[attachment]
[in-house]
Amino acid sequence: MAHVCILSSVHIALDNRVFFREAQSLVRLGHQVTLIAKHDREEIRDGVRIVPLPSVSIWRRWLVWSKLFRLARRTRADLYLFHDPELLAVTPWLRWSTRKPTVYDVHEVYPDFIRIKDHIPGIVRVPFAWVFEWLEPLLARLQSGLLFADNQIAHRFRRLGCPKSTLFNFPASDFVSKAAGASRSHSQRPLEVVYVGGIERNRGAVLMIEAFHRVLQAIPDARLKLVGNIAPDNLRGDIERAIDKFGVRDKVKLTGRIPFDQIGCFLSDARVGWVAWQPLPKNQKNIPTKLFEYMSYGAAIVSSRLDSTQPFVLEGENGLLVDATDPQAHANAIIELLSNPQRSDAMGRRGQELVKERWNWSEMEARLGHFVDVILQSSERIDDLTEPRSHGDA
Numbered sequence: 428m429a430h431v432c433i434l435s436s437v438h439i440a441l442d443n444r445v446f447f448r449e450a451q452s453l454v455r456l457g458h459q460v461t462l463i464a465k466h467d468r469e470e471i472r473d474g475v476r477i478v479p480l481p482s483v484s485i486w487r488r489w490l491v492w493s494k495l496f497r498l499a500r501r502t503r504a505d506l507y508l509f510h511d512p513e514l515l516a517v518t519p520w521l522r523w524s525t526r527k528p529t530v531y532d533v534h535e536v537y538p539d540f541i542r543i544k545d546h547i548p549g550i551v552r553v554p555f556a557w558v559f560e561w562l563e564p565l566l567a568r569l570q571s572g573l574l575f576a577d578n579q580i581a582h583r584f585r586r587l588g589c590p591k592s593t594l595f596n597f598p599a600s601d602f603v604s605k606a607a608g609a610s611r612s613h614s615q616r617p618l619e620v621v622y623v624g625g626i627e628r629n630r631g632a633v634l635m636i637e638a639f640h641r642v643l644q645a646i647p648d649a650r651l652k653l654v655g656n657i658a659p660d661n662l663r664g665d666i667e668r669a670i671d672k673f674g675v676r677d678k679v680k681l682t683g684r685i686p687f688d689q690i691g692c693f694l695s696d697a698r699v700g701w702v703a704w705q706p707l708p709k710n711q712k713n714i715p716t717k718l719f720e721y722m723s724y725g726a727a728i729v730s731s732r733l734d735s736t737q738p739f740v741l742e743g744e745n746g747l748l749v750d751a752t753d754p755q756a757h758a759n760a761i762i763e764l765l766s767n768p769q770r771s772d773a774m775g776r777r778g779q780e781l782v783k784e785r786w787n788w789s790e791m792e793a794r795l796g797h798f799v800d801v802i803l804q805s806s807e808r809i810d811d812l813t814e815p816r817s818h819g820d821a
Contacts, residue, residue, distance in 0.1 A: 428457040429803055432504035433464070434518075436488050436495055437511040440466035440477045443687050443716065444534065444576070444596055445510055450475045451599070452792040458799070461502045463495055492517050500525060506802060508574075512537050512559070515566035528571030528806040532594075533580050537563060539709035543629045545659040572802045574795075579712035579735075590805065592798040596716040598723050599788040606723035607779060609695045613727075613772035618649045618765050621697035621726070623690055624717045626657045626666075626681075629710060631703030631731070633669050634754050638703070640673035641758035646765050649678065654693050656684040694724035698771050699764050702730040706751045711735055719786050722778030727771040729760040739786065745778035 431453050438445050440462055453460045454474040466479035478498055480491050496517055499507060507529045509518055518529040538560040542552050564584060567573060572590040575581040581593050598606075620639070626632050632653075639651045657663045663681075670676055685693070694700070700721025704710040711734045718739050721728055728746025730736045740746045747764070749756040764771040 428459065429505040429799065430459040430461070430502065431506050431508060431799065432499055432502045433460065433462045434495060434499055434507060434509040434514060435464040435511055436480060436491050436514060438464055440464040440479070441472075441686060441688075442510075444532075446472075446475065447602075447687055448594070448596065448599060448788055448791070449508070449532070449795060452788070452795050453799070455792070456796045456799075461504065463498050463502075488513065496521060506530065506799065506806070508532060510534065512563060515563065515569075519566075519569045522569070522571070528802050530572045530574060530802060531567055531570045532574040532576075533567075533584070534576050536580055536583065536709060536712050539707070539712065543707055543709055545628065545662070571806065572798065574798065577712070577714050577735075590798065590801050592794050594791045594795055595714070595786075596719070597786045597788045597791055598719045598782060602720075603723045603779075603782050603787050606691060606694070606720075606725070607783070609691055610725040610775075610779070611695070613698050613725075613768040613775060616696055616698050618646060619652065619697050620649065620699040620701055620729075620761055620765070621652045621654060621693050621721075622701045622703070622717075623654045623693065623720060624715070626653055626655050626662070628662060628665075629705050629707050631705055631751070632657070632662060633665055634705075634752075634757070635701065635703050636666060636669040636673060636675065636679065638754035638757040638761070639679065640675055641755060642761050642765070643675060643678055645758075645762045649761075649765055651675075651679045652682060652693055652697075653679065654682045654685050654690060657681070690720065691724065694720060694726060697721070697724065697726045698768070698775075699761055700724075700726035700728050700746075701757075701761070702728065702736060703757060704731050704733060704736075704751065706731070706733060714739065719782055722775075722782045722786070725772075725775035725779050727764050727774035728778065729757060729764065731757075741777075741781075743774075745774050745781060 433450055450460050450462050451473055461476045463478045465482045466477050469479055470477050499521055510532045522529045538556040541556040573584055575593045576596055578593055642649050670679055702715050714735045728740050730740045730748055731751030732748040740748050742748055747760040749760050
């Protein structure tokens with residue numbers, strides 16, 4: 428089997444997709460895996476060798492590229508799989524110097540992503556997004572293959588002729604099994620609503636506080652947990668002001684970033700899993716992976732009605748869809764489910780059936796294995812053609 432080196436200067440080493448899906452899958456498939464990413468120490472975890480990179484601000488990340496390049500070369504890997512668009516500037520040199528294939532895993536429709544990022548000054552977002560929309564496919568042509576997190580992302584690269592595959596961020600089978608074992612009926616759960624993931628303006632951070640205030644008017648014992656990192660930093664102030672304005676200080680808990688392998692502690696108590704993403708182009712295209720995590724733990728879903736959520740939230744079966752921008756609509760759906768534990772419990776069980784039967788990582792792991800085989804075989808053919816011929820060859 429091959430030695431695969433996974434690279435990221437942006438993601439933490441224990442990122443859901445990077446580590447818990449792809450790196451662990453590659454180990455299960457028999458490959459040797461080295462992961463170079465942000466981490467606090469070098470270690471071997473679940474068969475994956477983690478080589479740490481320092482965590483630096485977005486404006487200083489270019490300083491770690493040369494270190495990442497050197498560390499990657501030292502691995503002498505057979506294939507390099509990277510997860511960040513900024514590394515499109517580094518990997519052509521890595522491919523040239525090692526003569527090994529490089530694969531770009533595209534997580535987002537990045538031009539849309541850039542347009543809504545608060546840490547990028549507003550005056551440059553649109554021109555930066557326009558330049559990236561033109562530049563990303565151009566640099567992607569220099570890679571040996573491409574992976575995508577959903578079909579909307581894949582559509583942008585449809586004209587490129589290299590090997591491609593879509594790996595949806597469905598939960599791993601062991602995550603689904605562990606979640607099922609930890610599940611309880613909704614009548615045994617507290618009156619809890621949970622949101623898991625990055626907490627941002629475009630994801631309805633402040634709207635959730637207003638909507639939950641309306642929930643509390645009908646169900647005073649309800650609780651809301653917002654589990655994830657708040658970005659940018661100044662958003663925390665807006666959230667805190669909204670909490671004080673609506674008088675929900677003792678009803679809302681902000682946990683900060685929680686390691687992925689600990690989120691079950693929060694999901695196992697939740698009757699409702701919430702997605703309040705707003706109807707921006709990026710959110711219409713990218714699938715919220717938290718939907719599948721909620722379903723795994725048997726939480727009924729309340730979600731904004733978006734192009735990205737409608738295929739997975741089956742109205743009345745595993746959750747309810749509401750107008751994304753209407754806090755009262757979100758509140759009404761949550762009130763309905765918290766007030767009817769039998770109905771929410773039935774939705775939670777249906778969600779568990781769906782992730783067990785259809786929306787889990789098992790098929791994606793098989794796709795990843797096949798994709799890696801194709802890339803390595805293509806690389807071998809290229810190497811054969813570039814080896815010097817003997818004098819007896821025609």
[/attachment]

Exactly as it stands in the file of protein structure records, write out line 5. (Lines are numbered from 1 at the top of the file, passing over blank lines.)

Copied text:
């Protein structure tokens with residue numbers, strides 16, 4: 428089997444997709460895996476060798492590229508799989524110097540992503556997004572293959588002729604099994620609503636506080652947990668002001684970033700899993716992976732009605748869809764489910780059936796294995812053609 432080196436200067440080493448899906452899958456498939464990413468120490472975890480990179484601000488990340496390049500070369504890997512668009516500037520040199528294939532895993536429709544990022548000054552977002560929309564496919568042509576997190580992302584690269592595959596961020600089978608074992612009926616759960624993931628303006632951070640205030644008017648014992656990192660930093664102030672304005676200080680808990688392998692502690696108590704993403708182009712295209720995590724733990728879903736959520740939230744079966752921008756609509760759906768534990772419990776069980784039967788990582792792991800085989804075989808053919816011929820060859 429091959430030695431695969433996974434690279435990221437942006438993601439933490441224990442990122443859901445990077446580590447818990449792809450790196451662990453590659454180990455299960457028999458490959459040797461080295462992961463170079465942000466981490467606090469070098470270690471071997473679940474068969475994956477983690478080589479740490481320092482965590483630096485977005486404006487200083489270019490300083491770690493040369494270190495990442497050197498560390499990657501030292502691995503002498505057979506294939507390099509990277510997860511960040513900024514590394515499109517580094518990997519052509521890595522491919523040239525090692526003569527090994529490089530694969531770009533595209534997580535987002537990045538031009539849309541850039542347009543809504545608060546840490547990028549507003550005056551440059553649109554021109555930066557326009558330049559990236561033109562530049563990303565151009566640099567992607569220099570890679571040996573491409574992976575995508577959903578079909579909307581894949582559509583942008585449809586004209587490129589290299590090997591491609593879509594790996595949806597469905598939960599791993601062991602995550603689904605562990606979640607099922609930890610599940611309880613909704614009548615045994617507290618009156619809890621949970622949101623898991625990055626907490627941002629475009630994801631309805633402040634709207635959730637207003638909507639939950641309306642929930643509390645009908646169900647005073649309800650609780651809301653917002654589990655994830657708040658970005659940018661100044662958003663925390665807006666959230667805190669909204670909490671004080673609506674008088675929900677003792678009803679809302681902000682946990683900060685929680686390691687992925689600990690989120691079950693929060694999901695196992697939740698009757699409702701919430702997605703309040705707003706109807707921006709990026710959110711219409713990218714699938715919220717938290718939907719599948721909620722379903723795994725048997726939480727009924729309340730979600731904004733978006734192009735990205737409608738295929739997975741089956742109205743009345745595993746959750747309810749509401750107008751994304753209407754806090755009262757979100758509140759009404761949550762009130763309905765918290766007030767009817769039998770109905771929410773039935774939705775939670777249906778969600779568990781769906782992730783067990785259809786929306787889990789098992790098929791994606793098989794796709795990843797096949798994709799890696801194709802890339803390595805293509806690389807071998809290229810190497811054969813570039814080896815010097817003997818004098819007896821025609």